To begin with, every book I read suggested that the origins of Bharatanatyam were attributed to Sanskrit roots and that the Tamil people merely inherited this art form from outside. The more widely I read, the more I realised that Bharatam is an art form of the Tamil people that was merely documented by Sanskrit scholars. Over time, people came to believe that Bharatanatyam had its origins elsewhere. Many similar misconceptions have been propagated. I have written about some of my research findings in my book Tamizhar natana varalaaru. I have also published a book Natana kalaichol kalanjiyam explaining various terms in natya.

What has been the response to the book?

Many scholars and dancers have found it to be an eye opener. Some dance schools are using the book for dance history references. I feel that understanding the history of an art form is essential when learning an art form. Students have to understand why an art form has evolved in a particular way to take it forward.

At what institutions have you been teaching?

I taught at the Madras University which started Bharatanatyam as part of the music department curriculum under Dr Premeela Gurumurthy. I taught the Masters course for three years. When I released my book at Kalakshetra, Leela Samson invited me to be a visiting faculty. Being part of Kalakshetra has been a wonderful experience. I not only had a chance to interact with dancers but also the opportunity to be involved in a production commissioned by the institution – ‘Masquerade’ choreographed by Sheejith Krishna. I am a research guide for Bharathiyar University, Coimbatore. Many dancers have opted to pursue postgraduate and doctoral research in this field.

What awards have you received in your field?

The Bhaskara Puraskar as Ilakiya Bhaskara

Senthamizh Chemmal by Tirukkural Aiyvu Mayyam

National Award for script writing for the drama ‘AndhiVeli’

Outstanding services to dance and for lyrics by Saila Sudha 

How important is the understanding of theory for a dance practitioner?

I can’t overstate the necessity of theory of an art form for a performer. True, the classical Indian art forms were passed down from generation to generation through the guru-sishya parampara. The student imbibed everything the guru taught him without question. However with the institutionalization of art forms, it has become necessary to lay down a framework for teaching. Theory plays a major role here. It gives the student a holistic understanding of the art form, its history and its role in society. Dance does not exist on its own. It is intrinsically connected with the allied arts of sculpture, music, and literature to name a few. You need an understanding of costumes, stage and conducting an orchestra. How can you become a fine artiste unless you know all these allied forms?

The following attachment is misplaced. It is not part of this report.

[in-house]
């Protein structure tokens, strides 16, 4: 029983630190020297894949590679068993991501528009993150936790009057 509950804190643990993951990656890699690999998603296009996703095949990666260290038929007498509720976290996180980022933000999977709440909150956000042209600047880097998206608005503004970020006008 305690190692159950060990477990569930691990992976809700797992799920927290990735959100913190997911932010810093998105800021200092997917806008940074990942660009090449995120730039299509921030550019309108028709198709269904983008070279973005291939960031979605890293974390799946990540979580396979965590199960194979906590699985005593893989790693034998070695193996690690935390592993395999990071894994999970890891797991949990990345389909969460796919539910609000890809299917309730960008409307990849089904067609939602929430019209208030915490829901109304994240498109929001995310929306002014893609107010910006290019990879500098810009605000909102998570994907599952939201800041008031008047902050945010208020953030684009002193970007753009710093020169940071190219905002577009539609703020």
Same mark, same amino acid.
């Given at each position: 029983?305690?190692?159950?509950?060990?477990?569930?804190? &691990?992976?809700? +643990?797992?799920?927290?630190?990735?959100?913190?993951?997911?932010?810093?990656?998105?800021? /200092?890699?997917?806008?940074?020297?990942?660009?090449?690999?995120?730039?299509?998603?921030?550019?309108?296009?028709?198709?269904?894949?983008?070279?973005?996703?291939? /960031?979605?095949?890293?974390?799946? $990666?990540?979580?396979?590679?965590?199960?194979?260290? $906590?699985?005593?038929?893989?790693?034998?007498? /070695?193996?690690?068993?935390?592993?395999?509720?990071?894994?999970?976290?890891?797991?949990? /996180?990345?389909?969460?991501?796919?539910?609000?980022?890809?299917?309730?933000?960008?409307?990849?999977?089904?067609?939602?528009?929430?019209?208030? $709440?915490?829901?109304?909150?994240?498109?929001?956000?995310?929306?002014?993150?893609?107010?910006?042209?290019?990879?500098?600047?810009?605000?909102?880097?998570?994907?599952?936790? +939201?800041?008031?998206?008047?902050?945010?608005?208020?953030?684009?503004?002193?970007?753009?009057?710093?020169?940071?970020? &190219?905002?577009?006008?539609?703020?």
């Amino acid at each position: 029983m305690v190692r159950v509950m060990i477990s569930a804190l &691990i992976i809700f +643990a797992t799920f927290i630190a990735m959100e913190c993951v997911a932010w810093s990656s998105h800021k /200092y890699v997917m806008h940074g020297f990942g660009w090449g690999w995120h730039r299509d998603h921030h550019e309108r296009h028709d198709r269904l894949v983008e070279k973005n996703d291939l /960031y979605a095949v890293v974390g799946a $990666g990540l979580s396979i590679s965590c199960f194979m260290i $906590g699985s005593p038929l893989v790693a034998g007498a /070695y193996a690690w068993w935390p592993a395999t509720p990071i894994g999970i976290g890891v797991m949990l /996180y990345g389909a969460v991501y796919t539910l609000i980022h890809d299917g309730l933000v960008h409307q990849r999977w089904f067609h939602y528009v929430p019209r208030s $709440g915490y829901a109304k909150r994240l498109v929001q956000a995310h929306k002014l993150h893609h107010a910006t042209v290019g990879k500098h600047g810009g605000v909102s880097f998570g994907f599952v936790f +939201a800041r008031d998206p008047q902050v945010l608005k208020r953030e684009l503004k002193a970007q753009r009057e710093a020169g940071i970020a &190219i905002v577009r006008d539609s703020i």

You have lectured extensively about abhinaya and rasa and their importance in Indian art forms. For a student who already understands the nuances through practical training, how does the theory help?

Dance is a visual art form and needs all the expertise of a guru who teaches one the art form by observation. However the study of the rasa theory, for example, gives a student a different way of looking at the subject. It makes one think for oneself and understand the process of communication. For some, this may come naturally while observing the guru over the years. Today, we do not have that luxury of time and individual attention. We have to pick up knowledge through different learning tools and an academic approach can help open the mind to new possibilities. Our ancient Tamil and Sanskrit texts have codified techniques of art forms in such a sensitive and thought provoking way.

An understanding of literature is an integral part of being an artiste. Only if we understand how to appreciate words and their power of suggestion can we translate them into a visual. If not, the interpretation of the sahitya will remain superficial.

Can you recall some of the lectures you have given?

I have given many lecture demonstatrions on Dance and Rasa and Ashtanayika-s of Sangam Age for the Sangeet Natak Akademi, Delhi. Other topics include Sensuality and Mother goddess worship for Natya Darshan, Kartik Fine Arts, Chennai.

Do you feel that a theoretical base unifies different banis and opens up more opportunities?

Without a doubt. Kalakshetra is one of the few institutions where students follow a bani for their six years of study. In other colleges, we have Bharatanatyam students coming from various banis. It is not possible to standardize everything in the practical classes. Instead, a study of theory becomes the common base from which individual dancers can have a better understanding of the art form and continue dancing in their respective style. Today, many students of Bharatanatyam have moved into diverse fields because their artistic base helps them to flourish in other careers, be it acting, modelling, fashion designing, or arts administration. The list is endless.

In short, we have to come to terms with the fact that society has changed. The purpose of dance has itself undergone a change. The dancer of the 18th and 19th century is not the dancer of the 21st century! New possibilities have evolved and we must recognize and change our pedagogy to suit this evolution. That is the only way in which Bharata Natyam will remain relevant to the artiste and to society.